Since Airbnb launched in Cuba, the number of accommodation listings in the country has more than tripled. According to a source at Airbnb, it took some of the home-sharing company’s biggest markets – including San Francisco and Berlin – three years for the community to grow to 1000 listings. In Cuba it took just two months.
About 40 per cent of Airbnb listings in Cuba are for Havana properties, with the rest spread over 30 locations including the UNESCO World Heritage-listed town of Trinidad and the beach haven of Varadero.
The existing network of “casas particulares” or private home rentals made Airbnb a natural fit for Cuba. Locals have a reputation as warm and welcoming hosts, and visitors to the Caribbean island nation often report that the best Cuban food is served straight out of home kitchens.
Airbnb is one of the first American accommodation providers to stake a claim in a country that is widely considered to have vast potential to grow as a tourist destination. US President Barrack Obama’s announcement at the beginning of 2015 that relations were set to thaw between the nations set off a flurry of interest in travelling to Cuba – both by Americans, who are now finding it easier to travel direct from the US, and travellers from the rest of the world, who want to see the classic cars and faded glamour of old Havana “before the Americans arrive”.
In a country where the average worker earns the equivalent of $25 a month, a nightly room rate of $50 is a bonanza. Two Cubans embracing the Airbnb expansion are Ruslan Martinez and his wife Fatima. The son of a Cuban man and a Ukrainian woman, Martinez is in possession of two essential assets of a would-be Airbnb entrepreneur: ambition and internet access.
Few Cubans have internet at home, but Martinez’s mother, as a foreigner, more easily navigated the government red-tape to get connected. The family had been keeping an online eye on tourism developments and were among the first to sign up as Airbnb hosts when the company launched in their town of Trinidad, about a six-hour drive from Havana.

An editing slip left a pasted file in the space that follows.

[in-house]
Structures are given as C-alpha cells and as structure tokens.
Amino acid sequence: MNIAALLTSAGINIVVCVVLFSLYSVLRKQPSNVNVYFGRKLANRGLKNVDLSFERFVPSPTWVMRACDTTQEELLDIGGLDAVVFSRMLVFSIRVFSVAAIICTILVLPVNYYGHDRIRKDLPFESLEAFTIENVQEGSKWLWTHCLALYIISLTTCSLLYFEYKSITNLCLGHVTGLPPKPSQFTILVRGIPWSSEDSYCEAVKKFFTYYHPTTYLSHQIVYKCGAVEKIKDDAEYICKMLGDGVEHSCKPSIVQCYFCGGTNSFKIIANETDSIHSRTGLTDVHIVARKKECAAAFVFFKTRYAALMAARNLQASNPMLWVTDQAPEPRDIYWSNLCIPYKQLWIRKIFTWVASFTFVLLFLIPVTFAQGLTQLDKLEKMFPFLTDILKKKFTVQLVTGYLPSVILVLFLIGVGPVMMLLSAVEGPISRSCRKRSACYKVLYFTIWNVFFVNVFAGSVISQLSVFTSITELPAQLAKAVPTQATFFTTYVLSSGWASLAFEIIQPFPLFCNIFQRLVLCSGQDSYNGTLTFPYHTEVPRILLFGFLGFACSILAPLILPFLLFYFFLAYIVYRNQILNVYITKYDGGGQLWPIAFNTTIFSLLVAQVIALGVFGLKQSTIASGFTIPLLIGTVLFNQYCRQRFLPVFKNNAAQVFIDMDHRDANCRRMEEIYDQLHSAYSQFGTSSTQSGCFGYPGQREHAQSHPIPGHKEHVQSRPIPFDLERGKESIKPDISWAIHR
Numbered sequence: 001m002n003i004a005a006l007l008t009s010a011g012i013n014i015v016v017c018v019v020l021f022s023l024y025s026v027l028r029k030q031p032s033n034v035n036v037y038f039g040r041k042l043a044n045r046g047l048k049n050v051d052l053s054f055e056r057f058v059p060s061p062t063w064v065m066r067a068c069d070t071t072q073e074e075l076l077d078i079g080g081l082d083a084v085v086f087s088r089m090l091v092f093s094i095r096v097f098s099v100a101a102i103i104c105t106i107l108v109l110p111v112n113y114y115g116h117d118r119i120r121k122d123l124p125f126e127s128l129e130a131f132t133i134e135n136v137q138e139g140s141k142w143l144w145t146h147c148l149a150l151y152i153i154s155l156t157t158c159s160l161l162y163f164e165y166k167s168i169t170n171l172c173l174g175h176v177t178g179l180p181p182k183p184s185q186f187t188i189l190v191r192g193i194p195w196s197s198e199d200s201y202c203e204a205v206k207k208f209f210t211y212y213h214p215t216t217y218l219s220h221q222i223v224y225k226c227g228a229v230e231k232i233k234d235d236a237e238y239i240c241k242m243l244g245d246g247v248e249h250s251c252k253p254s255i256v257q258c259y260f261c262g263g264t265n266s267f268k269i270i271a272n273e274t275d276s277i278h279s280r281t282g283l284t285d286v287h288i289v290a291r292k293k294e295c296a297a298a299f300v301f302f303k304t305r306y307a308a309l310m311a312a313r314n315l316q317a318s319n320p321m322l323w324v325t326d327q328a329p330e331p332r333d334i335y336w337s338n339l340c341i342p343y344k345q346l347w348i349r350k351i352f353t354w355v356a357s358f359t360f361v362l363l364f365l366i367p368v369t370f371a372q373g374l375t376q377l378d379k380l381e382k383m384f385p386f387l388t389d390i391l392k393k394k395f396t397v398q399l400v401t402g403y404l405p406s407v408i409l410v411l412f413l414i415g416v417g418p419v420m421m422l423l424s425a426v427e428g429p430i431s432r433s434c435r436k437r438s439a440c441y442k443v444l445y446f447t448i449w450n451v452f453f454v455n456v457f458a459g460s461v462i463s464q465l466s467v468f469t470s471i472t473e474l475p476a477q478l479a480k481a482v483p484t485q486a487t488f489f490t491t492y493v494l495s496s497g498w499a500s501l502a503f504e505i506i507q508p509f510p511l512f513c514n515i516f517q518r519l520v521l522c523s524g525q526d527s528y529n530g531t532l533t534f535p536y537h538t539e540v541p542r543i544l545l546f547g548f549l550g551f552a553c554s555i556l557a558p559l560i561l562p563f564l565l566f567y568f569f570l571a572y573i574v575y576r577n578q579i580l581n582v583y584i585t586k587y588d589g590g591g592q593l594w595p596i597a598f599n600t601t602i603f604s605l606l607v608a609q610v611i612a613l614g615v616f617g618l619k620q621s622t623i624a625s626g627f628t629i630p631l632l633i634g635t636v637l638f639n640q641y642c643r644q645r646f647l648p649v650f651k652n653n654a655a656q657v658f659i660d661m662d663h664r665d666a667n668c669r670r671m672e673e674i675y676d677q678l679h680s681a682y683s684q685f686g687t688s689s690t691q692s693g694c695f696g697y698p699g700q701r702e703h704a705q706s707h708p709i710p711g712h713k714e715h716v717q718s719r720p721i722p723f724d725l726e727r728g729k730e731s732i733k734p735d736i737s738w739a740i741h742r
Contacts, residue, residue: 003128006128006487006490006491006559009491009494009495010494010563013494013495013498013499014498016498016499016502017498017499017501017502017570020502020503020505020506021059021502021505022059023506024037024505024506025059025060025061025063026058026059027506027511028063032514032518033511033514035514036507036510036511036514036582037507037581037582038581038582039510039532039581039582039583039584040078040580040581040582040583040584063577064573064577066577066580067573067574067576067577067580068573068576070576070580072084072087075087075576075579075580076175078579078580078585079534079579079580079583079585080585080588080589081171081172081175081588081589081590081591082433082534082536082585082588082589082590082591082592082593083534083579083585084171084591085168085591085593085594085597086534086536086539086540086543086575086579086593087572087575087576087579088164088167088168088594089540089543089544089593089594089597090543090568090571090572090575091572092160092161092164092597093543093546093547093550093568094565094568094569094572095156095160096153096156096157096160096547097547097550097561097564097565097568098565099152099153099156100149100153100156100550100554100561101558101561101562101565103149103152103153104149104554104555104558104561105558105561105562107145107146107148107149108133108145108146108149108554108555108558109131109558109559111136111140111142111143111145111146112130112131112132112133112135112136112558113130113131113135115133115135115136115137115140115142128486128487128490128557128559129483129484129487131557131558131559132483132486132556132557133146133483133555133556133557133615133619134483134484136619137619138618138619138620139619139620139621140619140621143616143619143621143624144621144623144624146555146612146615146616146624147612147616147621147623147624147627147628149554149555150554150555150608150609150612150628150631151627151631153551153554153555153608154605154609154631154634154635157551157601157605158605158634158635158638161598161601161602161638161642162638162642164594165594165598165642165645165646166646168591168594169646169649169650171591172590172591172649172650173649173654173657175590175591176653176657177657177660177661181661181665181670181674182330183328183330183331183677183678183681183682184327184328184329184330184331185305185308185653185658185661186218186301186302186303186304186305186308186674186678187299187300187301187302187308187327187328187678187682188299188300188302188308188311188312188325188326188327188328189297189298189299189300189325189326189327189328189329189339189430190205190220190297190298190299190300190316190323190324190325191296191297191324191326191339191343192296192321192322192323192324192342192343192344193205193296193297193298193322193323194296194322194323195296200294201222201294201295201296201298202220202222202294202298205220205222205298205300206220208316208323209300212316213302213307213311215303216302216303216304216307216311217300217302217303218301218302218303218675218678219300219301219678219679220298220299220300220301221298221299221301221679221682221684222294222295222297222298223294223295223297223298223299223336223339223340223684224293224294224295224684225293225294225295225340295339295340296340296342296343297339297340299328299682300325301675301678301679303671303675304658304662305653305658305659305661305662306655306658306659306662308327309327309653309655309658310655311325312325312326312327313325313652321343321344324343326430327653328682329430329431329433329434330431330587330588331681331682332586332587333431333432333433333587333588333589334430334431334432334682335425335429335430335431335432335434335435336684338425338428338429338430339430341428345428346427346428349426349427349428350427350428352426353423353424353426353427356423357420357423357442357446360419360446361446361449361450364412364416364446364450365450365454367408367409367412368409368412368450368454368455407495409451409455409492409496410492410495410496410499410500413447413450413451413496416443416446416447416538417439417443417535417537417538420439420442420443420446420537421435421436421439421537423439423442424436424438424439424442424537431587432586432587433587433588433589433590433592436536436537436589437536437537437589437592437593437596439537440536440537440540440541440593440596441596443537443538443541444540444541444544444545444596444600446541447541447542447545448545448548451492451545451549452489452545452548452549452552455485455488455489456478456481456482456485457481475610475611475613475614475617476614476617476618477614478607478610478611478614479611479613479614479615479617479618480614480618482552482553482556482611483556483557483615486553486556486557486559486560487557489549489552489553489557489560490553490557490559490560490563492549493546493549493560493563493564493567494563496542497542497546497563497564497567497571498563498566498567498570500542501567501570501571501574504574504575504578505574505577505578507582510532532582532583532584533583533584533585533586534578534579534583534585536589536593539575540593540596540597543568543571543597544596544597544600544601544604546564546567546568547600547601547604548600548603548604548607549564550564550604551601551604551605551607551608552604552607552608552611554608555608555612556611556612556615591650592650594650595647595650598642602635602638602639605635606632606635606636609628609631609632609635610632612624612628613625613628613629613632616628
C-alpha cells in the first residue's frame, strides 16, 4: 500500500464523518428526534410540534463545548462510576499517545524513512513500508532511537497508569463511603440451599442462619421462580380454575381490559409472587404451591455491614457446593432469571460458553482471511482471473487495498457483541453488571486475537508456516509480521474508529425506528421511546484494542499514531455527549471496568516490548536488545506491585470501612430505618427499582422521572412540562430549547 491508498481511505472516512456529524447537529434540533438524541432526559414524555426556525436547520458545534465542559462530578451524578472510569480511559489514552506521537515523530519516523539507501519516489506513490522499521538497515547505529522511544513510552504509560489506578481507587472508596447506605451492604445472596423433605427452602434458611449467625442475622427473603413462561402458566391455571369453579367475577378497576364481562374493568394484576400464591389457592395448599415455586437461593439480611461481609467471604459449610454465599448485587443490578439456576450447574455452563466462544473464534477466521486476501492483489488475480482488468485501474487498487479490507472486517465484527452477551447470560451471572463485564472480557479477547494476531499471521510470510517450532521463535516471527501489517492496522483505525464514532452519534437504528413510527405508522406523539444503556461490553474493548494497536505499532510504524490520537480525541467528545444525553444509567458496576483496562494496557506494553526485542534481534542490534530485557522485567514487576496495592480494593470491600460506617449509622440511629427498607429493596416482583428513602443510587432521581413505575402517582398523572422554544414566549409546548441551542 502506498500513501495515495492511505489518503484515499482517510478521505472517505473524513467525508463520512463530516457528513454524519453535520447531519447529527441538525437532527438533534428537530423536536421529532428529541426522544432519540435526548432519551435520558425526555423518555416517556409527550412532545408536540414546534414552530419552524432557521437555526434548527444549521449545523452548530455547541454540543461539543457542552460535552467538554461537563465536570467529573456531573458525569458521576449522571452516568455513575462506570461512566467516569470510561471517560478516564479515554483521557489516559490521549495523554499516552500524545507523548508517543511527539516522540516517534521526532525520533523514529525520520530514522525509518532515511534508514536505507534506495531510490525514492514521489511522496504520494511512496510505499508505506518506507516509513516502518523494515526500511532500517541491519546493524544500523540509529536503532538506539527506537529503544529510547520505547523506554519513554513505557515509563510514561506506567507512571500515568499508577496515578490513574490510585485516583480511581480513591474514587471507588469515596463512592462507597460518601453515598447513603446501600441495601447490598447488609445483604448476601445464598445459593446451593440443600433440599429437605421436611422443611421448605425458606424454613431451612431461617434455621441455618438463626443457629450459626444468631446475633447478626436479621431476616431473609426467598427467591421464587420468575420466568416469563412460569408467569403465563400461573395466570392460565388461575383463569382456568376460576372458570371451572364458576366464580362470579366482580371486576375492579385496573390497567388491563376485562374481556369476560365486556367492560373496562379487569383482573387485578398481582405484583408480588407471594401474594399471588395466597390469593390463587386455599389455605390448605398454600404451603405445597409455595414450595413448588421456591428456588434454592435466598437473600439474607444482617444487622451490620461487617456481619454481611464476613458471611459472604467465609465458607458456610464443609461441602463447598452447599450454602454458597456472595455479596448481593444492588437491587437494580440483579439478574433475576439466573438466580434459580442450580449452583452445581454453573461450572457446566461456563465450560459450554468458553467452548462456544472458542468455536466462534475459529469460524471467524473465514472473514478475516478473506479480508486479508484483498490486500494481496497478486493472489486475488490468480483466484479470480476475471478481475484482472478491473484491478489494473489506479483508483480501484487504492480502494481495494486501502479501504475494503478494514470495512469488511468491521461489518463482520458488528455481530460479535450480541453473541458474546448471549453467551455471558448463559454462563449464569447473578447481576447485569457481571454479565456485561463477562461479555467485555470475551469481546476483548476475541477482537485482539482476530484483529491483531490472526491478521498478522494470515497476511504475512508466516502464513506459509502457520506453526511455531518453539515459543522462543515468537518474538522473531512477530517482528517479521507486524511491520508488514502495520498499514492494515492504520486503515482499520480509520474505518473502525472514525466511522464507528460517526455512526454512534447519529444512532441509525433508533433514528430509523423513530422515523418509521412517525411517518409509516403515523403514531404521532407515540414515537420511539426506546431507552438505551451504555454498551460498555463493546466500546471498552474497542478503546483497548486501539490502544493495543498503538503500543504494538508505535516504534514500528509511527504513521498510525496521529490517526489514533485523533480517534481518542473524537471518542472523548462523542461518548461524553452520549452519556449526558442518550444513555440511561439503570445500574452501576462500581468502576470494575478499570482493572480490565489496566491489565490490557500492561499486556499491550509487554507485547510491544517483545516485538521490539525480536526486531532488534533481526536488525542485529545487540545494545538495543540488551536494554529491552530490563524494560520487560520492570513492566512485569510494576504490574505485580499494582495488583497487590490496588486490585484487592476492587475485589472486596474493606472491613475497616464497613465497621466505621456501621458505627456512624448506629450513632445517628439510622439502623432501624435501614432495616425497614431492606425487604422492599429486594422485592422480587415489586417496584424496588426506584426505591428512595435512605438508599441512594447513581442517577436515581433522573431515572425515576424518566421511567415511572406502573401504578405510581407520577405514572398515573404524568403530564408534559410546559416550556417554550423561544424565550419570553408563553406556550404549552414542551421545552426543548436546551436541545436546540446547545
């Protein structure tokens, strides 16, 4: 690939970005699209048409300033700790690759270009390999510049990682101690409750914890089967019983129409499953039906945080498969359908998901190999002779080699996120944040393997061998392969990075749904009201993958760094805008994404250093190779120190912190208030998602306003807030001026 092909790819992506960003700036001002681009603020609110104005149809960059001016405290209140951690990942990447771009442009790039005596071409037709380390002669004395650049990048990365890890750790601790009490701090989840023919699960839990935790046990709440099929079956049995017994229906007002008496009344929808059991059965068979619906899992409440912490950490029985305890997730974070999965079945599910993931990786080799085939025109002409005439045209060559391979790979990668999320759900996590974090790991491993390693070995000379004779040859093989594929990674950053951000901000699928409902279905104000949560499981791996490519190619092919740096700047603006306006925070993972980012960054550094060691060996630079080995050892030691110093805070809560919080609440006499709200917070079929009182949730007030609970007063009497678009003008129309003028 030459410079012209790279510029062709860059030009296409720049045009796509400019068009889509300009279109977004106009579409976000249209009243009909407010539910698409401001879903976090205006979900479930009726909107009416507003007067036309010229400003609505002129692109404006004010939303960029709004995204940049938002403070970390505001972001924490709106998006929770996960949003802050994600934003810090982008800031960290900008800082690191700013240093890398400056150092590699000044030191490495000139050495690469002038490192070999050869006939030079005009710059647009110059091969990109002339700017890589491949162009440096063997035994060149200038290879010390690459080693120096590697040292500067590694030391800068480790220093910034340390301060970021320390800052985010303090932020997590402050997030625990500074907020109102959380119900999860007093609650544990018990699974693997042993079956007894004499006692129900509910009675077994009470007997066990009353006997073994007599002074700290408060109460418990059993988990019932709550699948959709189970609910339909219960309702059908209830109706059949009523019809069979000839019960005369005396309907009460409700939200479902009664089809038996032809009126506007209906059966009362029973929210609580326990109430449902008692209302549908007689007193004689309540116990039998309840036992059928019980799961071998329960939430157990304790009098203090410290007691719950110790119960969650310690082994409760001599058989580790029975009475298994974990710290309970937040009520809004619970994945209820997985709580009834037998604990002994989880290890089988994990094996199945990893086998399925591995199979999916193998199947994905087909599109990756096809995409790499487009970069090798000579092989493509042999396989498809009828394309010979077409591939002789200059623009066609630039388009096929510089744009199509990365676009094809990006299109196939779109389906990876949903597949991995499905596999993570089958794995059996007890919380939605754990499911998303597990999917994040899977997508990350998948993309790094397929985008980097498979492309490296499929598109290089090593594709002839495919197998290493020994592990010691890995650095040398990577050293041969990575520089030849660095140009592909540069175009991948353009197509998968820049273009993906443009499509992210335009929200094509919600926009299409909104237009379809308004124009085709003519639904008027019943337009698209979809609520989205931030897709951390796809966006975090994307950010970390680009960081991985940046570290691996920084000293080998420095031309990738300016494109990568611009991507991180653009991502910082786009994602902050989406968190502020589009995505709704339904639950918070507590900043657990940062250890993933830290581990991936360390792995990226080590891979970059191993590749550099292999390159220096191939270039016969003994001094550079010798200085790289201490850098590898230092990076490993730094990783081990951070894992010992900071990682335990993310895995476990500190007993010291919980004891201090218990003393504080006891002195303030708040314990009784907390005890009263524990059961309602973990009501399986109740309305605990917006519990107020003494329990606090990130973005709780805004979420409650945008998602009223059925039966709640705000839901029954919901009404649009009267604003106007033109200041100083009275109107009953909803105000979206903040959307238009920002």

Martinez, an engineering graduate, says he sees more potential in tourism than his chosen field of study. He and Fatima already manage more than 150 rental homes for local families who may lack the English-language skills or internet connection to do it themselves. The dynamic duo visited local families, photographed their homes, listed them on Airbnb and now communicate with potential guests via email. They also co-ordinate everything from arrival services to cleaning and in-home dining.
When I stayed at one of the historic houses in Trinidad managed by Ruslan and Fatima, it was a two-storey colonial-era row house with three double bedrooms and a rooftop patio with expansive views of the city. The rooms were clean, secure and mercifully airconditioned to combat the searing summer heat.
Each morning, Ruslan or his father Raul stopped by to see if we needed anything. They showed us their favourite Cuban restaurants, recommended the best place to hear live music and answered our questions about navigating the town, and indeed, the rest of Cuba.
In between, we learnt about their lives, and they about ours, in the sort of impromptu cultural exchange that most easily flows around a kitchen table.